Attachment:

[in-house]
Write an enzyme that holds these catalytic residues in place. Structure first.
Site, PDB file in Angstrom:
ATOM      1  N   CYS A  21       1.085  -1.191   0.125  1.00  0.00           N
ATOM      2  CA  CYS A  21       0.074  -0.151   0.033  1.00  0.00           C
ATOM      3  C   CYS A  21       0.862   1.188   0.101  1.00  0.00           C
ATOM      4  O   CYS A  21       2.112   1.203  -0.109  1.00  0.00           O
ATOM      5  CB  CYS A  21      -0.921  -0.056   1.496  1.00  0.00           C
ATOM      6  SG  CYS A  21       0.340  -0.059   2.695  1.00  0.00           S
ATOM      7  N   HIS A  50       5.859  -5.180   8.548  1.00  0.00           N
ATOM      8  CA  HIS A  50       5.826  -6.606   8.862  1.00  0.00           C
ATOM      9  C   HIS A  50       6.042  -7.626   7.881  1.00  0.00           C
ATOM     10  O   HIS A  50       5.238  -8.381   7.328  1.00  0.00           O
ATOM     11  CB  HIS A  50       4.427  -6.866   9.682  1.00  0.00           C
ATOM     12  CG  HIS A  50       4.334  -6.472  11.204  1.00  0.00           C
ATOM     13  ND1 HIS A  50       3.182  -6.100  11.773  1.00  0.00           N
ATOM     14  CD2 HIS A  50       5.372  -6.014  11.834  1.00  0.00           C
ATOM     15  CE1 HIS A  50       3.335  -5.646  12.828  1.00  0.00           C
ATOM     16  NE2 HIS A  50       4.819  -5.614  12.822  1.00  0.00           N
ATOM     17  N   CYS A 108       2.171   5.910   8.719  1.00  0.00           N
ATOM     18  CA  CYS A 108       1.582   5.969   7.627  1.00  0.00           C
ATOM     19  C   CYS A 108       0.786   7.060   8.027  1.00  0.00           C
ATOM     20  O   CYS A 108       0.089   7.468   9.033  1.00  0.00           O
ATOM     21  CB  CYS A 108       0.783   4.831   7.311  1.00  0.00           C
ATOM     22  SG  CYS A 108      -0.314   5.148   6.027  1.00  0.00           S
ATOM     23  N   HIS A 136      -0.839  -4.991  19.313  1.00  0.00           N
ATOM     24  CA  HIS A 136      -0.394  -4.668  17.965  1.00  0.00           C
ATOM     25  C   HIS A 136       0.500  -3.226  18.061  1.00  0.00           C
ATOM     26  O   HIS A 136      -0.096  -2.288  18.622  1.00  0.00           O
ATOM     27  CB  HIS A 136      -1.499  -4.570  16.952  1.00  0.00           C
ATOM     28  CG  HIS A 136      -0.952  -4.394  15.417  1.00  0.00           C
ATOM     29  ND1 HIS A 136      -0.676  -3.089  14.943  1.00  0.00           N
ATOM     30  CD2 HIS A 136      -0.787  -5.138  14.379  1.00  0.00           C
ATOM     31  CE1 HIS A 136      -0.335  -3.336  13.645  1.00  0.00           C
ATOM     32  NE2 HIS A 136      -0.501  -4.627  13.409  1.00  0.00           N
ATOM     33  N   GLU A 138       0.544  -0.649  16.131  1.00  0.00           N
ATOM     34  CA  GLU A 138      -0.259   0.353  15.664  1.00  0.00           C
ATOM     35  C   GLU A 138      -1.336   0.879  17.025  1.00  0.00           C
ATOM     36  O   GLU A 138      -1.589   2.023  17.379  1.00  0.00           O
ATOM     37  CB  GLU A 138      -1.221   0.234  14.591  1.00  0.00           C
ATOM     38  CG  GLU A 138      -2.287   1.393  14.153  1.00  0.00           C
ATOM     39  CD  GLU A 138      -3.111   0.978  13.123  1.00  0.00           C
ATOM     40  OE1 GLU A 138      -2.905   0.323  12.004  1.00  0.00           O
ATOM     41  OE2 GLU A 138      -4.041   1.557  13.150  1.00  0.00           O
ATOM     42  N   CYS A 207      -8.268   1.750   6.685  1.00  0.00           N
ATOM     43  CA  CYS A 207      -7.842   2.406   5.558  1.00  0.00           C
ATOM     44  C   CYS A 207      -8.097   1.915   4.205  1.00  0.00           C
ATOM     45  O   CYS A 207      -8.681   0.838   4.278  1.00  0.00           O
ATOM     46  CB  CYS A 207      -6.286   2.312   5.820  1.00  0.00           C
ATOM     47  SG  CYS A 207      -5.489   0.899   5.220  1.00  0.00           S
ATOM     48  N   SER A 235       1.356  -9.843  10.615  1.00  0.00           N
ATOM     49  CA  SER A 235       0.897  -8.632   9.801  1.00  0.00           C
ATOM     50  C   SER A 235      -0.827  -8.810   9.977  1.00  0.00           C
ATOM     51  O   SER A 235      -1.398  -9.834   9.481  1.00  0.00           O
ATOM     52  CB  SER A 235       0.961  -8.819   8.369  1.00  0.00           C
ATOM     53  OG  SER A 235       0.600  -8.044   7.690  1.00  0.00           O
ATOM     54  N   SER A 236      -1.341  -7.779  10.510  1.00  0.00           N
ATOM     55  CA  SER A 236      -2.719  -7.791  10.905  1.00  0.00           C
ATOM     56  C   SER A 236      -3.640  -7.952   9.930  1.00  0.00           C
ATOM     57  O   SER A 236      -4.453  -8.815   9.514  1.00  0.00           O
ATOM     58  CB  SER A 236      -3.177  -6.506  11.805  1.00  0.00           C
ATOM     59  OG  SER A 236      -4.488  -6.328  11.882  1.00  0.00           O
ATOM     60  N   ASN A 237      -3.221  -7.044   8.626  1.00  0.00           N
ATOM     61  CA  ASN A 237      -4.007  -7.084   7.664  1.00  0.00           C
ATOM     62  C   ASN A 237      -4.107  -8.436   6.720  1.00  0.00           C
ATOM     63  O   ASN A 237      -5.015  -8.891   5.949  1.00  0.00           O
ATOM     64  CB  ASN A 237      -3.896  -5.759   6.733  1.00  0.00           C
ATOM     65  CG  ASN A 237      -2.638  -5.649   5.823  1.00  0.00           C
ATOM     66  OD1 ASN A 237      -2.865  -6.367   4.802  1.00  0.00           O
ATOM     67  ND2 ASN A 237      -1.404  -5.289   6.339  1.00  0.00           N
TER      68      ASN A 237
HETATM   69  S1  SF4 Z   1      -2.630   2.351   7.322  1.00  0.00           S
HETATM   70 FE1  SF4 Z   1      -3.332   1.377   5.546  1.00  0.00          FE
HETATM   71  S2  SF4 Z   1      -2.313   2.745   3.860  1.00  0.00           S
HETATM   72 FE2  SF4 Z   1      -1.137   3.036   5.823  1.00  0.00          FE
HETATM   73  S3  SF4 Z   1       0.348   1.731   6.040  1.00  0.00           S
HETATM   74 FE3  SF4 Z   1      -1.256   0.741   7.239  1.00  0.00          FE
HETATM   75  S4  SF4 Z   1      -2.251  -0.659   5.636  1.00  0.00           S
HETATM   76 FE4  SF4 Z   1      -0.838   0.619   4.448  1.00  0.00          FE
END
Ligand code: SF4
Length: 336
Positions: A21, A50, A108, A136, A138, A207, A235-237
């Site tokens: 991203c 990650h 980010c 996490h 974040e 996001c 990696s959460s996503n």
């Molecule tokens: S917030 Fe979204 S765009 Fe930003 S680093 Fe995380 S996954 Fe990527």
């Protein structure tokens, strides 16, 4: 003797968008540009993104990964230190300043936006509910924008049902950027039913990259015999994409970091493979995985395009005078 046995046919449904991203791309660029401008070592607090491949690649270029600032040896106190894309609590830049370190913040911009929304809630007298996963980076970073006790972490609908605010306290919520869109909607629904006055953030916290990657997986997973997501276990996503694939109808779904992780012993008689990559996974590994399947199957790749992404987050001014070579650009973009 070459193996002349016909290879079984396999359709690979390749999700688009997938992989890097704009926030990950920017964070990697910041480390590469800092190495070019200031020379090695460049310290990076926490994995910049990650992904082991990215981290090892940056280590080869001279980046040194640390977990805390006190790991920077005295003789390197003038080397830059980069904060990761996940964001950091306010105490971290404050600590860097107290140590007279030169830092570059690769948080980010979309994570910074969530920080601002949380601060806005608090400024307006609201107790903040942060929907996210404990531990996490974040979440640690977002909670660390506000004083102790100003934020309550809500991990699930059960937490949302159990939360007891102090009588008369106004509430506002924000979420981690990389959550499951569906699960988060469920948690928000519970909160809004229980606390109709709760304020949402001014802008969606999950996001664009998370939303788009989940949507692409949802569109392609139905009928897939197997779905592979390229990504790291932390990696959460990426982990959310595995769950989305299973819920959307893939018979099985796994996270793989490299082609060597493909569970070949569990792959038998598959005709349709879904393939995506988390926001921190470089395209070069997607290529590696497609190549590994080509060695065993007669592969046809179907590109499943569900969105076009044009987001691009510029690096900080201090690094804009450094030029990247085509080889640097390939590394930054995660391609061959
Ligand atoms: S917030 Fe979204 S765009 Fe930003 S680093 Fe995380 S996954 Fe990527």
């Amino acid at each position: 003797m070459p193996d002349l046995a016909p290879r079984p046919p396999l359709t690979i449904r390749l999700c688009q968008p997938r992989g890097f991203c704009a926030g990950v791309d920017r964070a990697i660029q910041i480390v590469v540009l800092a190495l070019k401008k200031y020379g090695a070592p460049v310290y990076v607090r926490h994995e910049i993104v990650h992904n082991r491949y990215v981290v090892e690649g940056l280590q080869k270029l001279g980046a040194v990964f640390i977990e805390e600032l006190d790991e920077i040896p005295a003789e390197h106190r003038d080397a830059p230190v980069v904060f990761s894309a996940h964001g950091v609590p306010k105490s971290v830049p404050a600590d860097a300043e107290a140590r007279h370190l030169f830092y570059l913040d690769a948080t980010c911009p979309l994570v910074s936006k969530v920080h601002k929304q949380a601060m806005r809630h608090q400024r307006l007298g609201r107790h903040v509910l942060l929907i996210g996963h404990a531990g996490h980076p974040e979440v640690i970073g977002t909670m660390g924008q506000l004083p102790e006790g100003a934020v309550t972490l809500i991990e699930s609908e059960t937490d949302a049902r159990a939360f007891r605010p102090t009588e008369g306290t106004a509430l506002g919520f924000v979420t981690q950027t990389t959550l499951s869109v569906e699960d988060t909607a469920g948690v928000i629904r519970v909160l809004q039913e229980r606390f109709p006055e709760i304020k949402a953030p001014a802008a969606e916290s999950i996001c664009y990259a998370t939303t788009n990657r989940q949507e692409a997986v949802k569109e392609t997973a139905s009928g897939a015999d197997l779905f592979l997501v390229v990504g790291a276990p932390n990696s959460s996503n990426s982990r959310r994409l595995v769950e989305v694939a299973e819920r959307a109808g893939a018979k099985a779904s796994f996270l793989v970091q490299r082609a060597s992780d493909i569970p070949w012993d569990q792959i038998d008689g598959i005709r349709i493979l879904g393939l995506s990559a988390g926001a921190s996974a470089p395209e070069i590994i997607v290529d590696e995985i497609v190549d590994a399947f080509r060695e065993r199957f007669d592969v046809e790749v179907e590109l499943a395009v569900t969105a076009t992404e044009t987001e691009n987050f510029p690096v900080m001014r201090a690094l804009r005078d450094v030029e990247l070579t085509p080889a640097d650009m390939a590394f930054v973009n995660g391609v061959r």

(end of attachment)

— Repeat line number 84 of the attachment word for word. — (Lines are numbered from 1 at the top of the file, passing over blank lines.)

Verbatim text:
């Site tokens: 991203c 990650h 980010c 996490h 974040e 996001c 990696s959460s996503n």